Expand the Brooklyn Bridge Pedestrian Path For a Safer Shared Space!

Council Members Brad Lander, Margaret Chin and Stephen Levin
Tourism, biking and walking are dramatically increasing in the city. These users have filled the Brooklyn Bridge’s elevated path beyond capacity, making it difficult to traverse the bridge on foot or on bike comfortably and safely. The Bridge’s Pathway is Heavily Used. An average of 4,000 pedestrians and 3,100 bicyclists cross the Brooklyn Bridge every day according to DOT counts. A one-time 12 hour study from May 2010 conducted by DOT counted a total of 15,000 pedestrians using the pathway. The main portion of the pedestrian/bike path has a width that varies between eight and sixteen feet, and cannot comfortably handle these volumes even with better management of the space.


The Brooklyn Bridge’s shared pedestrian/cycle path needs serious improvement. It is time to expand the path.
The city needs to expand the pedestrian/bike path out over the existing roadways. This requires creating a dedicated bike lane north of the current path, and creating additional pedestrian space on the south side of the path. This plan would triple the amount of pedestrian space and would not reduce the number of lanes for drivers. Proposed Changes to Improve Pedestrian Access




Improve Safety by Tripling the Amount of Pedestrian Space

Benefits of Expanding the Pedestrian Path
 Improved pedestrian safety  Dramatically enhances the experience of crossing the bridge on foot  No reduction of car lanes and preserves ADA access while tripling amount of pedestrian space  Enhance the accessibility of a great NYC landmark  Improves connectivity between Downtown Brooklyn and Lower Manhattan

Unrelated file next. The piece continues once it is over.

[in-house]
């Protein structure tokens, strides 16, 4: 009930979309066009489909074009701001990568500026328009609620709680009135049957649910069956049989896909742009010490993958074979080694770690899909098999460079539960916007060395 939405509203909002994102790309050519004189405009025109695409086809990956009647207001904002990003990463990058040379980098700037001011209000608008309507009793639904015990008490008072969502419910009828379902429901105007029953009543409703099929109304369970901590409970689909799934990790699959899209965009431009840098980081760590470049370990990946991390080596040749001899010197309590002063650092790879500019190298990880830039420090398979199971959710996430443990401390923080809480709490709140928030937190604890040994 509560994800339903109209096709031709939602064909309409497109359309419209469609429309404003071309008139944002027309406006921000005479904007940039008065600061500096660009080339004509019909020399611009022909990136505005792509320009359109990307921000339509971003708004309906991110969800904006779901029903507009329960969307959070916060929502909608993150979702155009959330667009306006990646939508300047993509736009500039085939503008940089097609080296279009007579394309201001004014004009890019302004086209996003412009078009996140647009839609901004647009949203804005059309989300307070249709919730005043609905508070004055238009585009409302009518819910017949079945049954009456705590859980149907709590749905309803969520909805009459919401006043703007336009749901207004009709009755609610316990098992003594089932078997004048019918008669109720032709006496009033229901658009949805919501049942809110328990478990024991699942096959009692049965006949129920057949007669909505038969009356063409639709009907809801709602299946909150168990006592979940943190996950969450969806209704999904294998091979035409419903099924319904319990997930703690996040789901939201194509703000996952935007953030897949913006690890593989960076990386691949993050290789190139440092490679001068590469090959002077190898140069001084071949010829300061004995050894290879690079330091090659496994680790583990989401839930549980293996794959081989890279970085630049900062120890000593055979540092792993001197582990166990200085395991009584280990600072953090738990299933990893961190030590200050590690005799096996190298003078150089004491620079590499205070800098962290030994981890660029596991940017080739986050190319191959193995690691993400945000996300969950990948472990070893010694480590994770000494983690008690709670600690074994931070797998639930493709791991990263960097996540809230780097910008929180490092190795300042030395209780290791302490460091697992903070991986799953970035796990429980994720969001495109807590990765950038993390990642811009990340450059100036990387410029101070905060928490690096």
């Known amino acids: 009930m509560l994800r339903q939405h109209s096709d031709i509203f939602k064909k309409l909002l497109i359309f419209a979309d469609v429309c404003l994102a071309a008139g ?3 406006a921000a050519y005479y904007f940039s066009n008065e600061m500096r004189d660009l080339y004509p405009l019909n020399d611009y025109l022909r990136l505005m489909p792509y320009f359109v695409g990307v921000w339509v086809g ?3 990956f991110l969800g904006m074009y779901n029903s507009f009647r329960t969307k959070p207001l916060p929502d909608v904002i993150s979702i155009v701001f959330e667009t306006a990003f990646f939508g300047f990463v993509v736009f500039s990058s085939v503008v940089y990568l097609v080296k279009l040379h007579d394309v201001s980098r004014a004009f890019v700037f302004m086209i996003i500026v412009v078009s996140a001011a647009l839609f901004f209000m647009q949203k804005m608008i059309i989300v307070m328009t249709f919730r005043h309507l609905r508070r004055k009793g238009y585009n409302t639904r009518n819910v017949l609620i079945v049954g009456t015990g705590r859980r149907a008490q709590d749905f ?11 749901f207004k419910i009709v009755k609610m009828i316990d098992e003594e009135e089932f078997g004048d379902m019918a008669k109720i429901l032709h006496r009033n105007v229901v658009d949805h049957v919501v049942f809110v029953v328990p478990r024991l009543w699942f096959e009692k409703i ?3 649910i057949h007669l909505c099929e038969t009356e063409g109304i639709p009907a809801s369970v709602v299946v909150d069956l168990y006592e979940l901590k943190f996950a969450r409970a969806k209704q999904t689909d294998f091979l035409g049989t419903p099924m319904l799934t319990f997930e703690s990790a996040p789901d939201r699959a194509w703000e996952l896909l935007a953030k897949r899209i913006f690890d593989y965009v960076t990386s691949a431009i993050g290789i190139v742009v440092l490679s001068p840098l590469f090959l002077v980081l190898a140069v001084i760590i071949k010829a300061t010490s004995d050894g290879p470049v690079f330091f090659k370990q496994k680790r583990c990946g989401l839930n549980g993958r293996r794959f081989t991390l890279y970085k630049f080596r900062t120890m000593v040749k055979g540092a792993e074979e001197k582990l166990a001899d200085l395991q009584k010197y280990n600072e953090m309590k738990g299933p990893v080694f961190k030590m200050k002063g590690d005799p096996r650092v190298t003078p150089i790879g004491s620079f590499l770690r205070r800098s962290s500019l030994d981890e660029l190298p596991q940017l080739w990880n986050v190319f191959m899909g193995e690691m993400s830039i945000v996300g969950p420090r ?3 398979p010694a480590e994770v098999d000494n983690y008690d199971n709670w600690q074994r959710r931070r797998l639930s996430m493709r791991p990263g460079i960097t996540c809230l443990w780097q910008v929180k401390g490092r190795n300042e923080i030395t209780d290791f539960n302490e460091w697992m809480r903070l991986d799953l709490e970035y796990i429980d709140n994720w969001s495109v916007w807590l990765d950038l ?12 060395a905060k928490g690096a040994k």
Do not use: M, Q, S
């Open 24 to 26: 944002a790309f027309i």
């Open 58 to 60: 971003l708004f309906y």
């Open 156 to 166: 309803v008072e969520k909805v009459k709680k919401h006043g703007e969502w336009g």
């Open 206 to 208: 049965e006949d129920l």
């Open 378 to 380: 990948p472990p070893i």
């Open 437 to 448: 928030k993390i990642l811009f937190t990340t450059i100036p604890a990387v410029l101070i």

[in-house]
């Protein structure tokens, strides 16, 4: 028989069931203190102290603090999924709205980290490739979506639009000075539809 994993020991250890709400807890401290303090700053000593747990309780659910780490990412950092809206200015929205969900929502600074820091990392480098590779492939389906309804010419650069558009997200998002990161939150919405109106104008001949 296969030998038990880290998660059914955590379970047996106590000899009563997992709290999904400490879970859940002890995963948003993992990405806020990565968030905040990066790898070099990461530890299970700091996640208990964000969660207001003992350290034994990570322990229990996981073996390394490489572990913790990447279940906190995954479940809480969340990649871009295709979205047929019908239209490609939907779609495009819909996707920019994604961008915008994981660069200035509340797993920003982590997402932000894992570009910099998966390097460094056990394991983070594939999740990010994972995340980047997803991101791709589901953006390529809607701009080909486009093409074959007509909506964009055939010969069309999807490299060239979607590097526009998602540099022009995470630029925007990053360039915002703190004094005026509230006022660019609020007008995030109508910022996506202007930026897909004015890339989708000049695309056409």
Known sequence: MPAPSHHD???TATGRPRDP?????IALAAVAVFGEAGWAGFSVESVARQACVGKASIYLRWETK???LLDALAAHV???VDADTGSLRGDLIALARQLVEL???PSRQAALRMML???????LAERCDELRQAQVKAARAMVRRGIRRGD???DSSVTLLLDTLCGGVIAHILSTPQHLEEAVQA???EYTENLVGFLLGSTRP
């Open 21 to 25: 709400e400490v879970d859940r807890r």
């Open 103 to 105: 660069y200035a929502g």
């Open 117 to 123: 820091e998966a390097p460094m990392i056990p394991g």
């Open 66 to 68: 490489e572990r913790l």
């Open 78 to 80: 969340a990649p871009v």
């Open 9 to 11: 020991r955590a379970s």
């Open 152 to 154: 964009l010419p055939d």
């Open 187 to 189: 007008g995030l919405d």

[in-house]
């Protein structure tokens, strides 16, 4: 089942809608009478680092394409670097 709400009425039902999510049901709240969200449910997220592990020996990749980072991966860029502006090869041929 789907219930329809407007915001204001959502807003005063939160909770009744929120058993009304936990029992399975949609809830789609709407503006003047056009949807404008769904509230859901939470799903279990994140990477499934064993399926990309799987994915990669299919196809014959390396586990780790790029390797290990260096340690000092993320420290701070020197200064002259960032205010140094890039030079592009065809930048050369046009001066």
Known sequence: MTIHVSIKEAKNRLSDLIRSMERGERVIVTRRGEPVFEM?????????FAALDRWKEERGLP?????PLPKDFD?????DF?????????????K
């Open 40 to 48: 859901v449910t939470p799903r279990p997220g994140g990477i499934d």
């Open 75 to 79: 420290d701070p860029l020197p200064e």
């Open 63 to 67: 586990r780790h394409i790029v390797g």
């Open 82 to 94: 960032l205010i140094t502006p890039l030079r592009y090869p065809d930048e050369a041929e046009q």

There are many challenges to address — creating a pathway design that complements the bridge’s historic character, seamlessly integrating the new paths with the existing one, resolving engineering issues, and finding sources of funding for the project. Engineering Issues: The weight of additional construction and capacity would have to be analyzed. Weight constraints currently ban trucks over three tons. Additional weight and the precise positioning of paths would require deeper analysis. Cost: The project would require significant capital funding and could necessitate temporary closure of portions of the roadway during construction. Historic Compatibility: The main span of the Brooklyn Bridge is a city-designated landmark (1967), a national historic landmark (1964) and a national historic civil engineering landmark (1972). The federal approval process is potentially challenging. Despite PHOTO CREDIT: DETROIT PUBLISHING CO., 1903 this, there have been significant changes to the bridge’s structure, such as the removal of transit in the 1950s, leading to a completely new design for the main platform. The picture at right shows that the walkway used to be enclosed by elevated train lines on top and trolley lines on the side. Additionally, the wooden slats on the path used to run parallel with traffic, but are now perpendicular.
Thanks to Seth Ullman of Council Member Brad Lander’s Office for his research and drafting of this proposal.

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